Newbie on Film questions?


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zcf

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Apr 10, 2005
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#1
Film newbie here :embrass: , after trying some digital, now trying some film shots to try to make use of the full frame and colour range. So, some question here.

When to use UV filter on lens of SLR film?
Just wonder is UV filter needed on the lens all the time? Or day time under sun only? Or any specific conditions?

I have a Fish eye lens which can not put UV (or any) filter on :sweat: . So does it mean my film shot will always suffer flare booming? Or I have avoid direct sun or hazy day shot?

Can anyone help me on this newbie queries please?
 

chenwei

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Sep 6, 2002
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#3
UV filter is mainly used for protection purpose, to avoid flare, u should be using lens hood instead.

for fish eye lens, dun think u can put filter, usually got supplied the lens hood one.
 

yanyewkay

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Sep 22, 2004
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#4
chenwei said:
UV filter is mainly used for protection purpose, to avoid flare, u should be using lens hood instead.

for fish eye lens, dun think u can put filter, usually got supplied the lens hood one.
not on film.. they do have practical uses on flim other than to protect the front element commonly known to DSLR users.
 

#5
Fish eye lens have filters fitted on the back end, use polarisers and ND to cut glare and reflections. Some on a clip on film type or small diameter screw ons.

Depending on the type of photos, UV and skylight have a different effect on films. The latter being a little warmer and great for potraits and people. UV filters were originally used on films to cut UV spectrum light into the film emulsion. As film is very UV sensitive, the extra UV can cause over exposure or burn outs in the film emulsion. However, with the more modern and advance film we have today, these factors are hardly encountered as manufacturers have created an anti-UV layer on the film emulsion layer. In fact, any layers of glass reduces UV, the more the merrier.

Hope that explains the why UV or skylight filters were used. The protection thingy was used as an excuse for old habits and traditions though it does serve as some protection for the lenses. I prefer to remove my filters when I shoot in the studio, the glass reduces light transmission and increases the chances of flare and reflections.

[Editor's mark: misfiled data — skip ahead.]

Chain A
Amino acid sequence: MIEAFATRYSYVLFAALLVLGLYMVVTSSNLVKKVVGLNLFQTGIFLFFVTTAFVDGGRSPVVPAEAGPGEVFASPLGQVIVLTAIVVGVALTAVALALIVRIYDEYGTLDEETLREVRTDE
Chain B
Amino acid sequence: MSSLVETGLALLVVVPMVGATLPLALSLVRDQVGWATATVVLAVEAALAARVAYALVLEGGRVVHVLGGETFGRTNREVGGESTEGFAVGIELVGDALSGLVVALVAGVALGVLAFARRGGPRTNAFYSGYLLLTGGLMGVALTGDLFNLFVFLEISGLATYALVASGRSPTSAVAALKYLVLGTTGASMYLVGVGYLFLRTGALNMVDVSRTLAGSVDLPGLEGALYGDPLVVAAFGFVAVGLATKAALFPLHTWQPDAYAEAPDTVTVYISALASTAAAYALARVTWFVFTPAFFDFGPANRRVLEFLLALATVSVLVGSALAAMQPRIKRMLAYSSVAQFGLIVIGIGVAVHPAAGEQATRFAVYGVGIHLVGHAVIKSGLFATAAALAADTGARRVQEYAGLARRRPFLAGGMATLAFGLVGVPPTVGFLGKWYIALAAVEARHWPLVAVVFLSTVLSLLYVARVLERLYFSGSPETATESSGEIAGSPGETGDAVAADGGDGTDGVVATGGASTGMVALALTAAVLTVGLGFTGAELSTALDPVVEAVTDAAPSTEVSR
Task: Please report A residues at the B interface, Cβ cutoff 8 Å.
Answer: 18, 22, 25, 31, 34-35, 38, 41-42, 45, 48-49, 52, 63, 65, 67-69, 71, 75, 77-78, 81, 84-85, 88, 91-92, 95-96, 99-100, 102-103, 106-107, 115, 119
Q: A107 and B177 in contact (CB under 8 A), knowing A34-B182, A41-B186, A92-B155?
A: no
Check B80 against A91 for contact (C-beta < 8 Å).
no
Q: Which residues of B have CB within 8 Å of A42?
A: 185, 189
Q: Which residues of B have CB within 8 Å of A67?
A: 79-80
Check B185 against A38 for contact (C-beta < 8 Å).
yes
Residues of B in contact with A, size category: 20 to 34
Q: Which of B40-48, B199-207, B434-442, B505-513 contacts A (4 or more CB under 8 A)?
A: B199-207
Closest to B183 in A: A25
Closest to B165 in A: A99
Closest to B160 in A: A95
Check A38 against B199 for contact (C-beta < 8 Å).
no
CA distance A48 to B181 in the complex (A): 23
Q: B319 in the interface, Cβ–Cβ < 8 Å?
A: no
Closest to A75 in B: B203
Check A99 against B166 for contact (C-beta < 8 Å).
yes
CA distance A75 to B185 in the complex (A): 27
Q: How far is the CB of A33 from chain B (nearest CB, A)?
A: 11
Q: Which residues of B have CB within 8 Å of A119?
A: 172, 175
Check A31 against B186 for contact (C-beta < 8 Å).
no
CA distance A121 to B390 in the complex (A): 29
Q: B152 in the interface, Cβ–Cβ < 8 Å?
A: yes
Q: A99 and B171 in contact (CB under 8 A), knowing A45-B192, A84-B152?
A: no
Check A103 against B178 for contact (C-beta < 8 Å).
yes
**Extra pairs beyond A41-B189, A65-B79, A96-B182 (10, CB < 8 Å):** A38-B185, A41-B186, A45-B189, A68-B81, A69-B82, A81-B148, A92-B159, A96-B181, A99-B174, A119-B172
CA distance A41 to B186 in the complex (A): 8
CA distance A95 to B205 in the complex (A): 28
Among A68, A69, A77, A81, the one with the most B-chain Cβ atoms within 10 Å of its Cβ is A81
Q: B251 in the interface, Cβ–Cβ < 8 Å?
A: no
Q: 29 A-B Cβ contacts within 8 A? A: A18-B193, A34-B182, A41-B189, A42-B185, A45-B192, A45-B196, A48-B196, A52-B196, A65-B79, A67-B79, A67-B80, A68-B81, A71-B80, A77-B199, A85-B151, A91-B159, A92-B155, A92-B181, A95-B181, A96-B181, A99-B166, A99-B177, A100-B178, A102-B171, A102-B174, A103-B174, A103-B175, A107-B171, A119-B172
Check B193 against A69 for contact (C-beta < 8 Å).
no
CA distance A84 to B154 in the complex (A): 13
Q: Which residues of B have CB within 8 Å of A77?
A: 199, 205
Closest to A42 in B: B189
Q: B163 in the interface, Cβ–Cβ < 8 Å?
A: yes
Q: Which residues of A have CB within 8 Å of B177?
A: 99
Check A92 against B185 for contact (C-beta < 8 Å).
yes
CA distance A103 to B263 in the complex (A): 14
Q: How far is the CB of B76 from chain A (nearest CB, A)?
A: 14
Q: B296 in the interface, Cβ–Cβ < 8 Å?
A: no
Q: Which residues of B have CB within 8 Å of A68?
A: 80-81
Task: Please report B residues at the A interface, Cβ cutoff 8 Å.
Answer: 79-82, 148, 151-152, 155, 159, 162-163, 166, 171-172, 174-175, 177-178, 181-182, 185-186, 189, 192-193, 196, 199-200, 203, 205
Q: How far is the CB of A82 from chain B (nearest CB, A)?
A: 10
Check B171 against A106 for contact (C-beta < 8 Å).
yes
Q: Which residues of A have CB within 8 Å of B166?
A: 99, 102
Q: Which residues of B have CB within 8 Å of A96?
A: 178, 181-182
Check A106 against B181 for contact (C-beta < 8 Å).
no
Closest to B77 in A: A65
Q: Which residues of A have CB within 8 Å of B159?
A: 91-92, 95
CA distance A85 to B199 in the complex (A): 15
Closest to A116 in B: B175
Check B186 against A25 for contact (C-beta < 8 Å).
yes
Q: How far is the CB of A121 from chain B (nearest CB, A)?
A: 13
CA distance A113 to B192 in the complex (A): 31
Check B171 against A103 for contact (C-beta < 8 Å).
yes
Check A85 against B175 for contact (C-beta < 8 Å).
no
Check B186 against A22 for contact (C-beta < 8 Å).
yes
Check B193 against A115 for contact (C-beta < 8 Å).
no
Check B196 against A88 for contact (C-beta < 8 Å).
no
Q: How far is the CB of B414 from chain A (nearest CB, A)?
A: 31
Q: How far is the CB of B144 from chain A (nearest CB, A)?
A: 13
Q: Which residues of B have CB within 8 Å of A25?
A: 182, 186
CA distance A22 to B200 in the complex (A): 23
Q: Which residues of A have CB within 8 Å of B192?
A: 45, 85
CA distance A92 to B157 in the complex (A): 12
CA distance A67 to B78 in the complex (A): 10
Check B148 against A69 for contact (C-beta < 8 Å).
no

Snoweagle

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Jan 26, 2005
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#6
zcf said:
Film newbie here :embrass: , after trying some digital, now trying some film shots to try to make use of the full frame and colour range. So, some question here.

When to use UV filter on lens of SLR film?
Just wonder is UV filter needed on the lens all the time? Or day time under sun only? Or any specific conditions?

I have a Fish eye lens which can not put UV (or any) filter on :sweat: . So does it mean my film shot will always suffer flare booming? Or I have avoid direct sun or hazy day shot?

Can anyone help me on this newbie queries please?
UV filters are a must for full-time protection for your lens.

Fish-eyes have rear-fitting filters called gelatin filters.
 

zcf

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#7
tommon said:
Fish eye lens have filters fitted on the back end, use polarisers and ND to cut glare and reflections. Some on a clip on film type or small diameter screw ons.

Depending on the type of photos, UV and skylight have a different effect on films. The latter being a little warmer and great for potraits and people. UV filters were originally used on films to cut UV spectrum light into the film emulsion. As film is very UV sensitive, the extra UV can cause over exposure or burn outs in the film emulsion. However, with the more modern and advance film we have today, these factors are hardly encountered as manufacturers have created an anti-UV layer on the film emulsion layer. In fact, any layers of glass reduces UV, the more the merrier.

Hope that explains the why UV or skylight filters were used. The protection thingy was used as an excuse for old habits and traditions though it does serve as some protection for the lenses. I prefer to remove my filters when I shoot in the studio, the glass reduces light transmission and increases the chances of flare and reflections.
Good to know that nowaday film are not so sensitive to UV. Thanks for the explanation.
I sometime don't use filter also, especially under low light condition, or I think sharpness is essential.

Snoweagle said:
UV filters are a must for full-time protection for your lens.

Fish-eyes have rear-fitting filters called gelatin filters.
Not sure my Minolta 16mm Fish Eye got rear fitting filter or not, don't aware of it :sweat:
 

Snoweagle

Senior Member
Jan 26, 2005
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#8
zcf said:
Good to know that nowaday film are not so sensitive to UV. Thanks for the explanation.
I sometime don't use filter also, especially under low light condition, or I think sharpness is essential.


Not sure my Minolta 16mm Fish Eye got rear fitting filter or not, don't aware of it :sweat:
Canon's fish-eye lens do though...not sure abt minolta's. :dunno:
 

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